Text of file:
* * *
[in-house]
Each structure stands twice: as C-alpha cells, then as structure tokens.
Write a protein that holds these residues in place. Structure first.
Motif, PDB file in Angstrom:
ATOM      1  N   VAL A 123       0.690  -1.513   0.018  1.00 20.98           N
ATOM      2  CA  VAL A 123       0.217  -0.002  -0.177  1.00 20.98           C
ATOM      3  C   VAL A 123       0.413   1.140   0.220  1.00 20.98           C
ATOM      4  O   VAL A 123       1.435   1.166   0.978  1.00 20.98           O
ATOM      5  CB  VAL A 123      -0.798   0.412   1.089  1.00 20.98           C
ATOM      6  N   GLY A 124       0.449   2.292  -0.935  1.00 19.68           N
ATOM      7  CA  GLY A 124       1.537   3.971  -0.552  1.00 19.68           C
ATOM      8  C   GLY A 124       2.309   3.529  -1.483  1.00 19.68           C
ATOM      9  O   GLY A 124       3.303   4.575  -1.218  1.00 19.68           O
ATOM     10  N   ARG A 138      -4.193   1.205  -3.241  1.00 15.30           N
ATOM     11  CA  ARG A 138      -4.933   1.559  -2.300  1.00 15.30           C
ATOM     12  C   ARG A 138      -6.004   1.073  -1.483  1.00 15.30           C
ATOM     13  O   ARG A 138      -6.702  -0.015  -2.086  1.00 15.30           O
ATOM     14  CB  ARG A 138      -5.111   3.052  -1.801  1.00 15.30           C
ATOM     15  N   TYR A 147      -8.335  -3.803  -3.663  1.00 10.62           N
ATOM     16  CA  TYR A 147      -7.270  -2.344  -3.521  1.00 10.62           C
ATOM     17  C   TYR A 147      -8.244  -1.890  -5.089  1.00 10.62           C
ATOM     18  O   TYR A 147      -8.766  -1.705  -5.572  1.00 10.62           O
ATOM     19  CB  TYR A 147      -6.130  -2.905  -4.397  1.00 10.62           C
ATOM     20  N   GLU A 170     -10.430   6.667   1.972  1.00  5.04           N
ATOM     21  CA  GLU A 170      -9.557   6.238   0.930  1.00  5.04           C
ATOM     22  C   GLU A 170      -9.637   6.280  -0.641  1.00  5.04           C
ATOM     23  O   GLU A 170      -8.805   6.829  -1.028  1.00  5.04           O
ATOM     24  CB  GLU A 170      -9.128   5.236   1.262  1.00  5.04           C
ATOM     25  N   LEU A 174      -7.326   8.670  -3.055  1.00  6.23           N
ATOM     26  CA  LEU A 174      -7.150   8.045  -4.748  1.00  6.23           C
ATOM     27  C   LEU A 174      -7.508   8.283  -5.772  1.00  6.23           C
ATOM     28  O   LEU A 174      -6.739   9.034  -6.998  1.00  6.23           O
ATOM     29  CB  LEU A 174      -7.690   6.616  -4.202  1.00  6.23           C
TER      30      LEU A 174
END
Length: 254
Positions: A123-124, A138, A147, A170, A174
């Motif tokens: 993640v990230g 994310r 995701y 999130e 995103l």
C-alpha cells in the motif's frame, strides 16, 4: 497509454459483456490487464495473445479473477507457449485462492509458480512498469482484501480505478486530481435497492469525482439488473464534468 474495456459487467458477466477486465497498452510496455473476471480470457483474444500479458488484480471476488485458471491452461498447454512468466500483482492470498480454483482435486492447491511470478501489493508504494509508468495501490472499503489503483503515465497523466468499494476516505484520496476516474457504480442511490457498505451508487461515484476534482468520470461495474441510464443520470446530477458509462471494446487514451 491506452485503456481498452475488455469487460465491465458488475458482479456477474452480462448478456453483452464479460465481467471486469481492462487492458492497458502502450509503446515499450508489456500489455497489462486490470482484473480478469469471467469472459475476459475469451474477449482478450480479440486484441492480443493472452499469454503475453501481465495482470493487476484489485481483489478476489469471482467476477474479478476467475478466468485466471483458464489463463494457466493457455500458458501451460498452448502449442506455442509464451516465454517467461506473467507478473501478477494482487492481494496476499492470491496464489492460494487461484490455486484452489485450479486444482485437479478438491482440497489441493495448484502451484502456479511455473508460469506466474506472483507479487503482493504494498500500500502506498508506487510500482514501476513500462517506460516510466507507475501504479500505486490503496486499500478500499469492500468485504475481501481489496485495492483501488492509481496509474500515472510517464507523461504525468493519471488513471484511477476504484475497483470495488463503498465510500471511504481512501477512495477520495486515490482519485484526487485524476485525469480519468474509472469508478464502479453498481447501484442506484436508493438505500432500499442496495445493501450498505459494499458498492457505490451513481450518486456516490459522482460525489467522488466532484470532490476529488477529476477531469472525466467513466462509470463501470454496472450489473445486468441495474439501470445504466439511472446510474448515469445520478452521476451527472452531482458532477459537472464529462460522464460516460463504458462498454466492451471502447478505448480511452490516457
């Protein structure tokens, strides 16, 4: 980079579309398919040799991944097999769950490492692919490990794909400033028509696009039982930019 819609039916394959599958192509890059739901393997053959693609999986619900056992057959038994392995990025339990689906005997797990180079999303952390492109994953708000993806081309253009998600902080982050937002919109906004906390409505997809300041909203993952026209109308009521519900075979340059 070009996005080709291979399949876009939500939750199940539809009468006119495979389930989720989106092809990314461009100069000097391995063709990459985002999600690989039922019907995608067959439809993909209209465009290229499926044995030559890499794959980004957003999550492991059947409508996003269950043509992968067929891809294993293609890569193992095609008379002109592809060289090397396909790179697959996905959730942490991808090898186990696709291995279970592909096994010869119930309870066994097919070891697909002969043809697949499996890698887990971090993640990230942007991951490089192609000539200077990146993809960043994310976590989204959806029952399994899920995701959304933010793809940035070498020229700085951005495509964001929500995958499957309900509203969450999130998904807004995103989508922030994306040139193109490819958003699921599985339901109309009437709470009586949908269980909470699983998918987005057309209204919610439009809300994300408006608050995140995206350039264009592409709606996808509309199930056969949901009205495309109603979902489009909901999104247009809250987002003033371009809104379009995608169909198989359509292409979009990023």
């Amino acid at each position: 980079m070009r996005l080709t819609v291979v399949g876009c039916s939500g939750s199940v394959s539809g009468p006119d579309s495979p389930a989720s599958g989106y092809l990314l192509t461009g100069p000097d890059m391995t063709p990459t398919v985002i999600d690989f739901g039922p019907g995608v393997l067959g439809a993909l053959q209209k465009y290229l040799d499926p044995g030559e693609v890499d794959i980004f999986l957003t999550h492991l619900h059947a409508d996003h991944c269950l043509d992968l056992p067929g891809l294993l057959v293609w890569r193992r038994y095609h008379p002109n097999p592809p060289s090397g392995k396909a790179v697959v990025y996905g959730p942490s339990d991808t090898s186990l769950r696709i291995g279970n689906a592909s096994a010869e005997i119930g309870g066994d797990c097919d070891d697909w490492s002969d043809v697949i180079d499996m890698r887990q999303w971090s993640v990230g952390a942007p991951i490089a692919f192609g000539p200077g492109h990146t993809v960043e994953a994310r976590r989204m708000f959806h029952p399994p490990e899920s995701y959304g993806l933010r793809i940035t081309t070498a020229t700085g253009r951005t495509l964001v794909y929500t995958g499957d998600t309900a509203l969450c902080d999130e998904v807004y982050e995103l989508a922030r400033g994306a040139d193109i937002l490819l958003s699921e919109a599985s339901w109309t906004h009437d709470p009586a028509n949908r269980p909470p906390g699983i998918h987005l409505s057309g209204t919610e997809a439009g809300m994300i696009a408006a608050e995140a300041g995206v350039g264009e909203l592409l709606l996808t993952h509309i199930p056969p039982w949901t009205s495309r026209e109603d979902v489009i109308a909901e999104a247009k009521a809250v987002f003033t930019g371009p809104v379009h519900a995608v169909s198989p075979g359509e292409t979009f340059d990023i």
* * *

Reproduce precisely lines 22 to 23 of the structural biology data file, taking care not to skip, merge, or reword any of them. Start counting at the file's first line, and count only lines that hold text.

ATOM     18  O   TYR A 147      -8.766  -1.705  -5.572  1.00 10.62           O
ATOM     19  CB  TYR A 147      -6.130  -2.905  -4.397  1.00 10.62           C